Salient. Victoria University Student Newspaper. Volume. 33, Number 13. 1970
It is very difficult at times to by-pass the personality clashes at an NZUSA meeting. It's even harder to recall that one is not there to argue with super-egos a la Draper or Law, but to put forward ideas on behalf of Victoria students and to try to reach some kind of agreement with the other universities.
NZUSA, after all, is merely a vehicle created by the various Student's. Associations to enable them to carry out some of their functions (Educational, National, Political) in co-operation and also to exchange local information.
Amazingly enough, within the hurly-burly of Winter Council (at Massey this year) these, functions were in fact performed. Information was received and co-operation was achieved on matters relating to student accommodation, education in New Zealand, international affairs, student welfare, and many of the social issues of concern to students.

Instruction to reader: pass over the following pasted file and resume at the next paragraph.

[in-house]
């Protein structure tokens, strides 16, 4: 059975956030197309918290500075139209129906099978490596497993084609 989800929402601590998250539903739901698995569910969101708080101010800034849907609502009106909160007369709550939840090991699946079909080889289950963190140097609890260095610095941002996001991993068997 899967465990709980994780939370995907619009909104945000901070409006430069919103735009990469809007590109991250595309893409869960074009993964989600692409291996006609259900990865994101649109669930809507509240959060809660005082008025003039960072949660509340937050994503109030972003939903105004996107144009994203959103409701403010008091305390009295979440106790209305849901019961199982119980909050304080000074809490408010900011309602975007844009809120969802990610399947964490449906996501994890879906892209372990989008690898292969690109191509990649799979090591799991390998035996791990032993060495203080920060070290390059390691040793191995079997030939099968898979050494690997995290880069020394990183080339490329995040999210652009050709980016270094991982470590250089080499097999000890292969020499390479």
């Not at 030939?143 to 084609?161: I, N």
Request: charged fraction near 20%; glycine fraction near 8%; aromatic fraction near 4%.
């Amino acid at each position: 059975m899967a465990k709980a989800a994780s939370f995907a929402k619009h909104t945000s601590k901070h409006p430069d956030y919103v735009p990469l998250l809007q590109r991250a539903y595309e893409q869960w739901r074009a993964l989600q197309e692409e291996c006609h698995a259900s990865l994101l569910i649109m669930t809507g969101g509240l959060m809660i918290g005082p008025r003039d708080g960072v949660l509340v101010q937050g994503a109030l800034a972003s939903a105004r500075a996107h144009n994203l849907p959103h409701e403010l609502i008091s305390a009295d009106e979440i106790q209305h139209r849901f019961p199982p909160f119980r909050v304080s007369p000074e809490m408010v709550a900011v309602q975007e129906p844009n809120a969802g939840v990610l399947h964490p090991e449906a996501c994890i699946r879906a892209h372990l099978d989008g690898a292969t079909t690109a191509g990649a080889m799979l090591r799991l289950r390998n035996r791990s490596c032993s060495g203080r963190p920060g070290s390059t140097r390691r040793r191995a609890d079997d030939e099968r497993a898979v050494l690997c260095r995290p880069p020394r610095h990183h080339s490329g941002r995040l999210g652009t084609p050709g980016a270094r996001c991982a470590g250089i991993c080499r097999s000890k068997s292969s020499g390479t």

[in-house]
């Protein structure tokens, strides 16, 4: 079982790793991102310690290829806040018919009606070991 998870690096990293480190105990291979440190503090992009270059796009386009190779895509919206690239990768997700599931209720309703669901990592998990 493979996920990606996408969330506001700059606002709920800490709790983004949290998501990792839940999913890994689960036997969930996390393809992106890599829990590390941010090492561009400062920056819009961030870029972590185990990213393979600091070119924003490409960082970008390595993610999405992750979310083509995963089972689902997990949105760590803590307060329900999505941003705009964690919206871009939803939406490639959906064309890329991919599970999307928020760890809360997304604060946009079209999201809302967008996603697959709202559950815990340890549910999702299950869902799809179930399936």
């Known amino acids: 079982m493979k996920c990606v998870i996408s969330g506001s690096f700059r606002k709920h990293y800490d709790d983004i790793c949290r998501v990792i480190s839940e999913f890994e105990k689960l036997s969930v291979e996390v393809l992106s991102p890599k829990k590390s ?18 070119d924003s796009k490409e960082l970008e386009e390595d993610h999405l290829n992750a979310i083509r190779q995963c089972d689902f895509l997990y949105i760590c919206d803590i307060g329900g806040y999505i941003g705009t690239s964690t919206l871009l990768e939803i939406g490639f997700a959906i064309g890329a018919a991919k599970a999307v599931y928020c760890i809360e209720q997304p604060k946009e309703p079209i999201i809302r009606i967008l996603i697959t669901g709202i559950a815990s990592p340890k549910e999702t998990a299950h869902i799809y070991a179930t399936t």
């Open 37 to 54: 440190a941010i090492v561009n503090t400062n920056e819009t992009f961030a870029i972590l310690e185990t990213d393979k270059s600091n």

The major debates centred first around Focus, and next around the raising of the levy in 1971.
The Focus debate ranged long and bitter. All agreed that the present Focus was not the magazine NZUSA wanted. These questions remain. Do we want a national student magazine at all? If so, what kind of magazine should it be and what should it aim at?
Should we aim for a slick, professional magazine of comment, for a semi-professional hard-hitting monthly magazine, or for a fortnightly underground newspaper? The final decisions will be made, probably on a compromise basis, later this term.
The levy question is extremely vexed. Constituents are now asking NZUSA for so much that costs are high and rising. Even so, Victoria, along with Massey, dissented from the decision to raise the levy to $1 per student. Otago and Lincoln are now reported to be unhappy as well. A major discussion on the limitation of levies and curtailment of national activities will have to take place soon at Victoria.
It would be silly to pretend that this Winter Council was enjoyable, or satisfactory. It was marred by more personal bickering and political intrigue away from the table. Perhaps the most, positive contributions were the Constitutional Amendment and the Focus reports. In these Victoria played a leading part. But Victoria failed as much as any other constituent to keep the National Commission on a co-operative and non-personal basis.